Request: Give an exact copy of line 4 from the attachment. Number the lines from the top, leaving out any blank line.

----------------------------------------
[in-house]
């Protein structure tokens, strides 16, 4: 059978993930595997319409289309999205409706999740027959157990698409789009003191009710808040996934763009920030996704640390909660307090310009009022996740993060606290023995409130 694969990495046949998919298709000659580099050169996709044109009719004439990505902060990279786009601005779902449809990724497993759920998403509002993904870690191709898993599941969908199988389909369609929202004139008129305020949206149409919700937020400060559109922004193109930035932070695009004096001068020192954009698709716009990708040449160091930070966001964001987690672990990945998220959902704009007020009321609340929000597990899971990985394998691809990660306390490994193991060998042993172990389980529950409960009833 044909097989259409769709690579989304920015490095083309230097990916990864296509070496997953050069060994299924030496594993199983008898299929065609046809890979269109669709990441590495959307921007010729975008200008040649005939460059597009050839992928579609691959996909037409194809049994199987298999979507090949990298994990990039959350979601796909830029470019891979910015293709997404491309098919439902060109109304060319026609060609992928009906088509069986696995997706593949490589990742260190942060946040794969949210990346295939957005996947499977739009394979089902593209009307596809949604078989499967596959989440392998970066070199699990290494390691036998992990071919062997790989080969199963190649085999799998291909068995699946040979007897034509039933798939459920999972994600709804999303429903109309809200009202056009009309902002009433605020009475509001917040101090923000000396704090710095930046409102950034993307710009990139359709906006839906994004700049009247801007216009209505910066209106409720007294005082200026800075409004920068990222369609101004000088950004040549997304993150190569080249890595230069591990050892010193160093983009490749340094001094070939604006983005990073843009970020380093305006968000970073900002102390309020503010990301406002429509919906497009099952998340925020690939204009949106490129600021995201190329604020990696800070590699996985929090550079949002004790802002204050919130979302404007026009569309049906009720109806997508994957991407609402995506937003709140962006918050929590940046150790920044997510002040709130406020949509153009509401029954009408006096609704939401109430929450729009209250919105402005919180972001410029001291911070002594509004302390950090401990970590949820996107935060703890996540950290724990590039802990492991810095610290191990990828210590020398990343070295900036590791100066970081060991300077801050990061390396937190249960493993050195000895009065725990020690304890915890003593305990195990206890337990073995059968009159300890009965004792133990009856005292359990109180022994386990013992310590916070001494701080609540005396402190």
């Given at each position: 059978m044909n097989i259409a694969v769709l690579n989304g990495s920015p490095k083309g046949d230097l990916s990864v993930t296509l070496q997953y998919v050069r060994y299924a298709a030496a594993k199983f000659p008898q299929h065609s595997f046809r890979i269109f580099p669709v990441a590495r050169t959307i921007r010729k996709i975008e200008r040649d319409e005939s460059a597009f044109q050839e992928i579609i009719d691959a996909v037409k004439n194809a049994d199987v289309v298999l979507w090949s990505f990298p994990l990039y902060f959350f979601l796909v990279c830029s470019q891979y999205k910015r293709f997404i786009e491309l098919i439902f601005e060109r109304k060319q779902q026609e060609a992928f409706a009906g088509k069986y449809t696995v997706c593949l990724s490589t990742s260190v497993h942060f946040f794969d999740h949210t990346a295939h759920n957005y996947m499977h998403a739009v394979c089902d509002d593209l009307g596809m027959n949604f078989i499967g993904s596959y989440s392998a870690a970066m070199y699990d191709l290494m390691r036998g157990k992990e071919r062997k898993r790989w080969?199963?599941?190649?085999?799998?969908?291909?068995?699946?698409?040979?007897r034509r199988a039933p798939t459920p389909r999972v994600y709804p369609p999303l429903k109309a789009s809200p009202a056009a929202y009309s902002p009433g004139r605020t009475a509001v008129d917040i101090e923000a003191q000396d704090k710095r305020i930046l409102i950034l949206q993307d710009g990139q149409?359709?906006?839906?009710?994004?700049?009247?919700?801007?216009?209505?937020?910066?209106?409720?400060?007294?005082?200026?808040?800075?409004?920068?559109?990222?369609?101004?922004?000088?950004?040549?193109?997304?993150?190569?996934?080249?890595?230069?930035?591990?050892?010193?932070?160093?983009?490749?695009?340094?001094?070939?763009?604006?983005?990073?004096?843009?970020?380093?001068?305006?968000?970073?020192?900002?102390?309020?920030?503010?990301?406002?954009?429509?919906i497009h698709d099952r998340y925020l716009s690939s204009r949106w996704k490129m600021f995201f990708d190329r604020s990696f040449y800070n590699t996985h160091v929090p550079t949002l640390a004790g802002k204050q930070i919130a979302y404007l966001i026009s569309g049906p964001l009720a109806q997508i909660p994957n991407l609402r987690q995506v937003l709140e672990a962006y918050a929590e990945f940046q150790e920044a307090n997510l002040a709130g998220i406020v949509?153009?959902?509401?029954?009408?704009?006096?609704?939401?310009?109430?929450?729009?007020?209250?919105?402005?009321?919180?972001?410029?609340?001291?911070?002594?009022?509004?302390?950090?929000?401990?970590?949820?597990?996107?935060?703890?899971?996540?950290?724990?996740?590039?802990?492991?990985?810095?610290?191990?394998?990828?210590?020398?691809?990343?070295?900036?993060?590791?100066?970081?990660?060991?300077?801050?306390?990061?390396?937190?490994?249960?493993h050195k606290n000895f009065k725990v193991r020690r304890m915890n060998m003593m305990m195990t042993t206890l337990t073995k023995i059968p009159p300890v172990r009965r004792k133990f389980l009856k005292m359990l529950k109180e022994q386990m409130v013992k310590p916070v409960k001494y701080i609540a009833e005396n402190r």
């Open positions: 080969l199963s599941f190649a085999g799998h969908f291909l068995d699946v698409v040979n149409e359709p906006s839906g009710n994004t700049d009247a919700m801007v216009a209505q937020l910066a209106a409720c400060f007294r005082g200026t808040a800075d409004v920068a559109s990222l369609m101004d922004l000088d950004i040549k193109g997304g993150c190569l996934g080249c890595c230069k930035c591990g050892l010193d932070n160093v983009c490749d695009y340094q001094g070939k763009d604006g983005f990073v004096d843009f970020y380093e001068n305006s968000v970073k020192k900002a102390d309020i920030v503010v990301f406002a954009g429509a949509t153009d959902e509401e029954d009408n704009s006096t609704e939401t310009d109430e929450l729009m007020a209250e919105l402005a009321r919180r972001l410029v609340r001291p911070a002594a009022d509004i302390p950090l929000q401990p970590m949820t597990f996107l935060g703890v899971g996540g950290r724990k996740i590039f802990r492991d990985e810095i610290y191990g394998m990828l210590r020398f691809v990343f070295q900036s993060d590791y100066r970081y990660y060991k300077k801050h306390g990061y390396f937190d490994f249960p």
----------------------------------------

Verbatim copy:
């Open positions: 080969l199963s599941f190649a085999g799998h969908f291909l068995d699946v698409v040979n149409e359709p906006s839906g009710n994004t700049d009247a919700m801007v216009a209505q937020l910066a209106a409720c400060f007294r005082g200026t808040a800075d409004v920068a559109s990222l369609m101004d922004l000088d950004i040549k193109g997304g993150c190569l996934g080249c890595c230069k930035c591990g050892l010193d932070n160093v983009c490749d695009y340094q001094g070939k763009d604006g983005f990073v004096d843009f970020y380093e001068n305006s968000v970073k020192k900002a102390d309020i920030v503010v990301f406002a954009g429509a949509t153009d959902e509401e029954d009408n704009s006096t609704e939401t310009d109430e929450l729009m007020a209250e919105l402005a009321r919180r972001l410029v609340r001291p911070a002594a009022d509004i302390p950090l929000q401990p970590m949820t597990f996107l935060g703890v899971g996540g950290r724990k996740i590039f802990r492991d990985e810095i610290y191990g394998m990828l210590r020398f691809v990343f070295q900036s993060d590791y100066r970081y990660y060991k300077k801050h306390g990061y390396f937190d490994f249960p």